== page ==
My View

Bond is not right for the community’s future

March 10, 2014 

With the possible exception of community incorporation, this bond referendum may represent the most important community decision the residents of Lake Wylie will make in the next 20 to 30 years.

On March 22, we will be asked to approve or reject a $67 million bond referendum to make up a major portion of a $99 million school capital plan.

I encourage you to vote no.

The school board and Superintendent Marc Sosne have stated a 3,400 student high school will add diversity to high school educational offerings; lower operating costs; and “unify” Lake Wylie and Clover. I believe these contentions are wrong on all counts.

CHS already has a diverse and rich educational offering. Clover High School is ranked highly statewide. Now the board is proposing to radically change and jeopardize what has made the school great by nearly doubling the current population of the school, thus defying overwhelming evidence that doing so will likely destroy what we have. The probability is that even more offerings will take away from the core curriculum, have little student acceptance and add unjustified costs. Beneficial relationships between and among students, teachers, staff and parents will decrease significantly.

Regarding operating cost of our high school(s), most evidence shows cost per graduate is equal or lower in smaller high schools as compared to larger ones due to lower drop-out rates and fewer transfers-out. It may be slightly less expensive to contain students in larger boxes on an annual basis, but are we looking for cheap containers or high quality education leading to graduation?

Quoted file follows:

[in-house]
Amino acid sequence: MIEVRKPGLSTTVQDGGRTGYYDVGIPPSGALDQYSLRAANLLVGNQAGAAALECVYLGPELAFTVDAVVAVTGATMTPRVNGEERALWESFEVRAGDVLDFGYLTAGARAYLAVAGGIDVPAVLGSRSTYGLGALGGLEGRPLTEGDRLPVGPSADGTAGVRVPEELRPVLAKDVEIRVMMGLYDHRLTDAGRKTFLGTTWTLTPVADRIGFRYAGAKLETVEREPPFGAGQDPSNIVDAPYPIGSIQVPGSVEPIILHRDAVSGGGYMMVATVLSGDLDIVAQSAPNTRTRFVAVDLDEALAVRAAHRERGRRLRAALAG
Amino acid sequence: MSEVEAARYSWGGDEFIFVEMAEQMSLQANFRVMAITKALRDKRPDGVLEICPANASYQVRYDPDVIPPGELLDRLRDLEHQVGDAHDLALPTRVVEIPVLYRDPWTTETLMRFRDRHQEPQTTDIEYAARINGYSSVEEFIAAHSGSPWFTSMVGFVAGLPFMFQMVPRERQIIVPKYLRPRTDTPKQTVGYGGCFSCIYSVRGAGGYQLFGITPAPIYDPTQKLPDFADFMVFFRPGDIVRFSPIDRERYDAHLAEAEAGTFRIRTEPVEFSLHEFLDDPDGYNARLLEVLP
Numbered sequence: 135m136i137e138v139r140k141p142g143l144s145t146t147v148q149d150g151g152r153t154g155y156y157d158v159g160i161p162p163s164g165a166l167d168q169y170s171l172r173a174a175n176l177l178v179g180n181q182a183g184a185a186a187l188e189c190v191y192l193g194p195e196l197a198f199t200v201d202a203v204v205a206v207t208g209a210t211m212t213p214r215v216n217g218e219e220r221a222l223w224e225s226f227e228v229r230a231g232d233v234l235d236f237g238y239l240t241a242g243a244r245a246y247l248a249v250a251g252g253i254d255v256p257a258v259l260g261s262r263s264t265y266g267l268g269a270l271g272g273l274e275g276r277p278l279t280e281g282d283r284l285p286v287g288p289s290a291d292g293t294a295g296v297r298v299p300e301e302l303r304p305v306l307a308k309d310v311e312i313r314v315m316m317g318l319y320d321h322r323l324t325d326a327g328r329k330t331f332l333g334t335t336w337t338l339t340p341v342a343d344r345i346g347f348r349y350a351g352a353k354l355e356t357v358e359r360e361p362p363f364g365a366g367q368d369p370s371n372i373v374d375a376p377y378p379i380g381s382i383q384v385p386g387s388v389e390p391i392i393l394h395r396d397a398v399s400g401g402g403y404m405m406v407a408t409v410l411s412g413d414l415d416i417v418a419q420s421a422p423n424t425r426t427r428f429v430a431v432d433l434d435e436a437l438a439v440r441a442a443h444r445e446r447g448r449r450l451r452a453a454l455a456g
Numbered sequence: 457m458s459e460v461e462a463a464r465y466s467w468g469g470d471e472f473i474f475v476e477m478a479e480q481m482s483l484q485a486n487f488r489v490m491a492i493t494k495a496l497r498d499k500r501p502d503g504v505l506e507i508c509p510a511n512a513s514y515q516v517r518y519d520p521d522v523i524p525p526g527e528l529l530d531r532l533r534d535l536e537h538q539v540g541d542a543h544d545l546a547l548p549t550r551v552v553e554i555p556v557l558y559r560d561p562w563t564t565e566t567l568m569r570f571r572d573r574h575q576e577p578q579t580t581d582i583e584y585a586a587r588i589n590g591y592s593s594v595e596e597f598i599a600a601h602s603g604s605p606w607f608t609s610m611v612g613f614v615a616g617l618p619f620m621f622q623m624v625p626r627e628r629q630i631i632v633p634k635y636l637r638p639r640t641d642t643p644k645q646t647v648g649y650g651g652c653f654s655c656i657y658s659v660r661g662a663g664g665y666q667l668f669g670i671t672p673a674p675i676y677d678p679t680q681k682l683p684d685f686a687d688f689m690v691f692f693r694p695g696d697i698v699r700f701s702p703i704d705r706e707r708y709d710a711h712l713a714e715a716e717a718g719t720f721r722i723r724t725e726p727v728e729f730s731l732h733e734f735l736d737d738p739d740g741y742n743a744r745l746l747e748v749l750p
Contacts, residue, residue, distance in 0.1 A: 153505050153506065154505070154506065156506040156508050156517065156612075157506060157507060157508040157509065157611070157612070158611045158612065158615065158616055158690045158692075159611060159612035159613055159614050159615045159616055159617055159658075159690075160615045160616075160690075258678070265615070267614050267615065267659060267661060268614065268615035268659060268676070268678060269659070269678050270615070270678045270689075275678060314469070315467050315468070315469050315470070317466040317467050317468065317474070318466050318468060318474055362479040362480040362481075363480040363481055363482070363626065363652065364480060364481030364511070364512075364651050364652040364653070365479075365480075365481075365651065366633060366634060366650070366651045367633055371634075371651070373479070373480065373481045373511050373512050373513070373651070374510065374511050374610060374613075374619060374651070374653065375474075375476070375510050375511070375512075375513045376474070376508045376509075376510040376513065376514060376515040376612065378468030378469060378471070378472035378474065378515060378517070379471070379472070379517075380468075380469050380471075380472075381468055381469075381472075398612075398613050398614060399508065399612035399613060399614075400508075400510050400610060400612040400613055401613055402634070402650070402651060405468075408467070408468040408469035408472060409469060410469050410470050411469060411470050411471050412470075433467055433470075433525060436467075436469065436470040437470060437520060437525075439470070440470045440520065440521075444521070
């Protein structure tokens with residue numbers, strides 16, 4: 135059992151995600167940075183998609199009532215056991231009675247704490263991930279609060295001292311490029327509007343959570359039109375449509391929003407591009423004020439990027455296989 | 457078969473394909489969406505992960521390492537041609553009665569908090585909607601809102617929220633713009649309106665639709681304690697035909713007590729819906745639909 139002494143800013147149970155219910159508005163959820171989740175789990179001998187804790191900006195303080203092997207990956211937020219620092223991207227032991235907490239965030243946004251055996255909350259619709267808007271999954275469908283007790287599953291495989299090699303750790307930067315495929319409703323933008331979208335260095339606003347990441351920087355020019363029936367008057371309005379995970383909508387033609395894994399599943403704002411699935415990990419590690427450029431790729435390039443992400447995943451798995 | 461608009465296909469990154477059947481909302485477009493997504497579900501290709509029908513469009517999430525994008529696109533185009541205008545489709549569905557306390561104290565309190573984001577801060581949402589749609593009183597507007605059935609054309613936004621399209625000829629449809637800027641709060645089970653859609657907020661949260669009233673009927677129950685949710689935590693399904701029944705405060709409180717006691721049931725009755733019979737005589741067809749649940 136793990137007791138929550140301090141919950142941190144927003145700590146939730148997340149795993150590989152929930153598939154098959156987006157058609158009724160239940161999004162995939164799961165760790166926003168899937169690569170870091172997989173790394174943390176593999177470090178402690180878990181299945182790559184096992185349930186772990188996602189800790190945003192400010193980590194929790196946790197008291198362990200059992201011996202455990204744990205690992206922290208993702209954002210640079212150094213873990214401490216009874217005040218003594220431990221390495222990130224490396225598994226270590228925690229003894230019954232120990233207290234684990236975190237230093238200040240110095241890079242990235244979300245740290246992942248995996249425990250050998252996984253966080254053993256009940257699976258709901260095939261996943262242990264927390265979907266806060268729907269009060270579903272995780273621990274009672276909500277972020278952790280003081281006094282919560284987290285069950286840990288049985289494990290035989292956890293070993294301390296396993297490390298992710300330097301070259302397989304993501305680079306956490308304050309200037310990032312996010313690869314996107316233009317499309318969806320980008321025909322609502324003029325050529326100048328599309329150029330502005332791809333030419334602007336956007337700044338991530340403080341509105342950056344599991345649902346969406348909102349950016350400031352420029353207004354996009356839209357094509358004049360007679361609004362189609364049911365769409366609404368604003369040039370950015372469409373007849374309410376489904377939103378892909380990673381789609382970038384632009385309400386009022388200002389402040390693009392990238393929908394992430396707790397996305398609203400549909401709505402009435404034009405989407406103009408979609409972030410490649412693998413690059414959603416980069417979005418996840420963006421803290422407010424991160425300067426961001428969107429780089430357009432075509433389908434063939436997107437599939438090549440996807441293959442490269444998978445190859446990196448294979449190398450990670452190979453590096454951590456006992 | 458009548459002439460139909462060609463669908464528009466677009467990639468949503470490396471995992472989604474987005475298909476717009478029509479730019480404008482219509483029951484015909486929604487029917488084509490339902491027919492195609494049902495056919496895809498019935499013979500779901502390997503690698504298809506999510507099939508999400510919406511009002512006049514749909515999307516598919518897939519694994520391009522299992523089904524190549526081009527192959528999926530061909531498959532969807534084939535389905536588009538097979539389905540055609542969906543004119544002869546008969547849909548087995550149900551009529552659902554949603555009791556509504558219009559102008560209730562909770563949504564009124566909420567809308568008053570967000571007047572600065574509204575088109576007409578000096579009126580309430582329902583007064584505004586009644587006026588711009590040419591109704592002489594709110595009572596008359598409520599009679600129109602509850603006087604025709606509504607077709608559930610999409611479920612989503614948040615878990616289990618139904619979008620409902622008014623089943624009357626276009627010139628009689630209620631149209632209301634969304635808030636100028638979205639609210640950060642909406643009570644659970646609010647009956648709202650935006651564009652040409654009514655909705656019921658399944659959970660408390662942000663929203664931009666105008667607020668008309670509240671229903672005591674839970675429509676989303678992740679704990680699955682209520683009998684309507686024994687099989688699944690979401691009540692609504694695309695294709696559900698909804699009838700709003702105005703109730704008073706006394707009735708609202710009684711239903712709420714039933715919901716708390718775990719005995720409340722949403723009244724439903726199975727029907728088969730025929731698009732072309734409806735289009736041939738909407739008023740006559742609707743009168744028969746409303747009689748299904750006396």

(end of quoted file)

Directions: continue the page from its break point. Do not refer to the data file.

Dozens of national, statewide, regional and local studies in rural, suburban and urban areas done by major universities, state departments of education including both South Carolina and North Carolina, and various highly-respected independent research organizations all over the United States have shown that high schools with more than 2,000 students have: lower test scores, lower grades, lower graduation rates, and higher drop-out rates; more truancy, and more problems with gangs, substance abuse, bullying and violence; much lower opportunities for participation in extra-curricular activities such as athletics; greatly reduced student-teacher-parent interaction; more levels of bureaucracy and less educational community resulting in decreased student loyalty; decreased likelihood of going on to college and other advanced education; and a significantly lower quality of education.

Regarding community unity, Clover and Lake Wylie are and have been for many years different in character and history. We should be celebrating the unique and desirable characteristics of each, not trying to eliminate them through so-called “unification.”

The board is using deceptive and misleading tactics in the packaging and marketing the referendum. The proposal is structured to make it appear to be an “all or nothing” proposition.

It has been said taxes will not increase because current bonds will mature and go away. The fact is current debt will not be paid off until 2027 (13 years from now), and the new bonds (probably issued in 2017) will likely add as much as 60 percent to the current property tax millage rates for 20 years including 10 years of overlap with current bonds.

The school board admits to having no backup plan. The arrogance of such an ill-considered proposal should be obvious.

For the future benefit of Lake Wylie and Clover, I believe the bond referendum as currently structured, should be soundly defeated.

Don Long is a Lake Wylie resident.

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